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  • 1. Epigraphic Database Heidelberg

    The Epigraphic Database Heidelberg contains texts of Latin and bilingual (i.e. Latin-Greek) inscriptions of the Roman Empire. With the help of search functions specific queries can be carried out - e.g. a search for words in inscriptions and / or particular descriptive data. The search results are often displayed together with photos and drawings. (Updates unknown, likely irregularly)
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  • 2. Aristoteles Latinus Database

    This is an ongoing digital edition of the corpus of medieval Greek-Latin translations of the works of Aristotle as published in the also ongoing printed series _Aristoteles Latinus_. The electronic database is not identical to the printed editions, as it does not contain the prefaces in which their manuscript traditions are described, nor does it include those editions' apparatus of variant readings, their Greek-Latin comparative apparatus, or their bilingual indexes. The specific utility of this electronic edition lies in the fact that it provides an integrated database of the medieval Latin translations of Aristotle's works. The electronic and the printed editions are thus intended to be complementary. (Updates vary)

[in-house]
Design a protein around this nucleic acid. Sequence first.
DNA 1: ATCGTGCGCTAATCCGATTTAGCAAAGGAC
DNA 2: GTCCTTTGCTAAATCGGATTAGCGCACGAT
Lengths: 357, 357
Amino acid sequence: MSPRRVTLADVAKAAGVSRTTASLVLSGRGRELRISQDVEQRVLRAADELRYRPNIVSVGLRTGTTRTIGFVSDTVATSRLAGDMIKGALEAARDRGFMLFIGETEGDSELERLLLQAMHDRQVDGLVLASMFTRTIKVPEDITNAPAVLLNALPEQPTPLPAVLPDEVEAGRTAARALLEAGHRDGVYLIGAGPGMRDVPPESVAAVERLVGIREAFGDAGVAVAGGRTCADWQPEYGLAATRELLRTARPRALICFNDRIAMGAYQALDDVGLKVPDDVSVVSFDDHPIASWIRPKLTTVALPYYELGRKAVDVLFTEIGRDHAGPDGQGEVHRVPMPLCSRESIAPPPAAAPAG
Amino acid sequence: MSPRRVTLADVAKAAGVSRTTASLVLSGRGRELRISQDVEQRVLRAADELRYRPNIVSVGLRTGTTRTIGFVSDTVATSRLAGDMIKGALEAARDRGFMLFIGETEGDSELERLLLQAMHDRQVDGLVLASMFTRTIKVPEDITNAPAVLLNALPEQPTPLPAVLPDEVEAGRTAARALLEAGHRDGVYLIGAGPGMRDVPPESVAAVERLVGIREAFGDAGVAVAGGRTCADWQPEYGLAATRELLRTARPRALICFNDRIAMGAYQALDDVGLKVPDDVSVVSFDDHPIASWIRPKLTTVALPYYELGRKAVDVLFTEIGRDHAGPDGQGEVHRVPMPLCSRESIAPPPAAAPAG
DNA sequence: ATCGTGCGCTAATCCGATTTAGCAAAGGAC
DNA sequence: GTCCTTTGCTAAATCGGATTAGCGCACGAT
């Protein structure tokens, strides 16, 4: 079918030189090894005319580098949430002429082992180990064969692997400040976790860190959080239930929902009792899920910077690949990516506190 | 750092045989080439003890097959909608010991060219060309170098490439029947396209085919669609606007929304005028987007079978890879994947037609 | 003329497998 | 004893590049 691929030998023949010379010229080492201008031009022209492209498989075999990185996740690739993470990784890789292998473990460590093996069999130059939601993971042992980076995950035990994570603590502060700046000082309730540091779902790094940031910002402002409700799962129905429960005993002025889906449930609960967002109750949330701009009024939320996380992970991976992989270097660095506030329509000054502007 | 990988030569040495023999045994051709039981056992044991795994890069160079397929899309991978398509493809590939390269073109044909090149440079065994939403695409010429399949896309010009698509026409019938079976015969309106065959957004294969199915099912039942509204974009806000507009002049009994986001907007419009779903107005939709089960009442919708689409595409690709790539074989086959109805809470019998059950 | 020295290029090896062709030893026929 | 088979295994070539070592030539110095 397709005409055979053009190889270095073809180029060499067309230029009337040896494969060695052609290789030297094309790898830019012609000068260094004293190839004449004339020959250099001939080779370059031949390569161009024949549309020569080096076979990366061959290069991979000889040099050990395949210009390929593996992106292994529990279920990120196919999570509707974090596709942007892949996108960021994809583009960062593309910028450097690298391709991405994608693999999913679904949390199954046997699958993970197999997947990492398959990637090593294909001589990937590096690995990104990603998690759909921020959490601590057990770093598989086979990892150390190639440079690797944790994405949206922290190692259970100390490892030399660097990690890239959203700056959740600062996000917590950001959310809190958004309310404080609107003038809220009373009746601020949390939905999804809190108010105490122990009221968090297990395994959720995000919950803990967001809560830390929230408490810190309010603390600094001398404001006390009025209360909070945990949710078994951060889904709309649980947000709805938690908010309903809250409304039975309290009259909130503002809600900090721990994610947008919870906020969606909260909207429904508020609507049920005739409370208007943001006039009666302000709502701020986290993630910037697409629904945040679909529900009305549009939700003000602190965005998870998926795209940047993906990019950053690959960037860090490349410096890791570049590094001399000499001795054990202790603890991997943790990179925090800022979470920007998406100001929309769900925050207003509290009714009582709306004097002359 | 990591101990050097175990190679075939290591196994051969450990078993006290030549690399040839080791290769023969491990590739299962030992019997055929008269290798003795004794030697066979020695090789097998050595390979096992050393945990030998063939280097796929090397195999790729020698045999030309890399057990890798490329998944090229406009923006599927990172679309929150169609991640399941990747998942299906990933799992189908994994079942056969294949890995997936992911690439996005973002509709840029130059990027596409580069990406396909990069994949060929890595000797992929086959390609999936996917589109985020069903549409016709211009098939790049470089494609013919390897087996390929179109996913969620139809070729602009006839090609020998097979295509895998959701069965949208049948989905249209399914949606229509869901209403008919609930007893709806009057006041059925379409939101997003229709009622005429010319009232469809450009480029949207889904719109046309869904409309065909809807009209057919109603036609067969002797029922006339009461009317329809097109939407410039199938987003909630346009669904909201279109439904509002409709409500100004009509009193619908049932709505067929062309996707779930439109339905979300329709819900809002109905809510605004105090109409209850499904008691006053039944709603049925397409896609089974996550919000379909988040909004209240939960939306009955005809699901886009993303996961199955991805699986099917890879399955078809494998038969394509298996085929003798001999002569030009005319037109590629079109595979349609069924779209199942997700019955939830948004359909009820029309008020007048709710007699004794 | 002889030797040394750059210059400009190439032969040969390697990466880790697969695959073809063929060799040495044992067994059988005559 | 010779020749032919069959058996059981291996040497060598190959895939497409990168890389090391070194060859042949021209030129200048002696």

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  • 3. Poetry and Prose Recitation Site

    A scholarly website offering original-language recitations by classicists of selected ancient Greek and Latin literary texts and, in some cases, of English-language translations or adaptations of these. Authors include Homer, Cicero, Propertius, Vergil, Ovid, and Statius. Requires QuickTime audio player or RealAudio RealPlayer to hear the recitations. (Updates vary)
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  • 4. Art Theorists of the Italian Renaissance

    The database is a collection of treatises on art and architecture from the period 1470 to 1775. It is structured around the two Italian editions of Giogio Vasari’s Lives of the Artists.
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  • 5. Loeb Classical Library

    Founded by James Loeb in 1911, the mission of the Loeb Classical Library has always been to make Classical Greek and Latin literature accessible to the broadest range of readers. The digital Loeb Classical Library extends this mission into the twenty-first century. Harvard University Press is honored to renew James Loeb’s vision of accessibility, and presents an interconnected, fully searchable, perpetually growing, virtual library of all that is important in Greek and Latin literature. Epic and lyric poetry; tragedy and comedy; history, travel, philosophy, and oratory; the great medical writers and mathematicians; those Church Fathers who made particular use of pagan culture—in short, our entire Greek and Latin Classical heritage is represented here with up-to-date texts and accurate English translations. More than 520 volumes of Latin, Greek, and English texts are available in a modern and elegant interface, allowing readers to browse, search, bookmark, annotate, and share content with ease.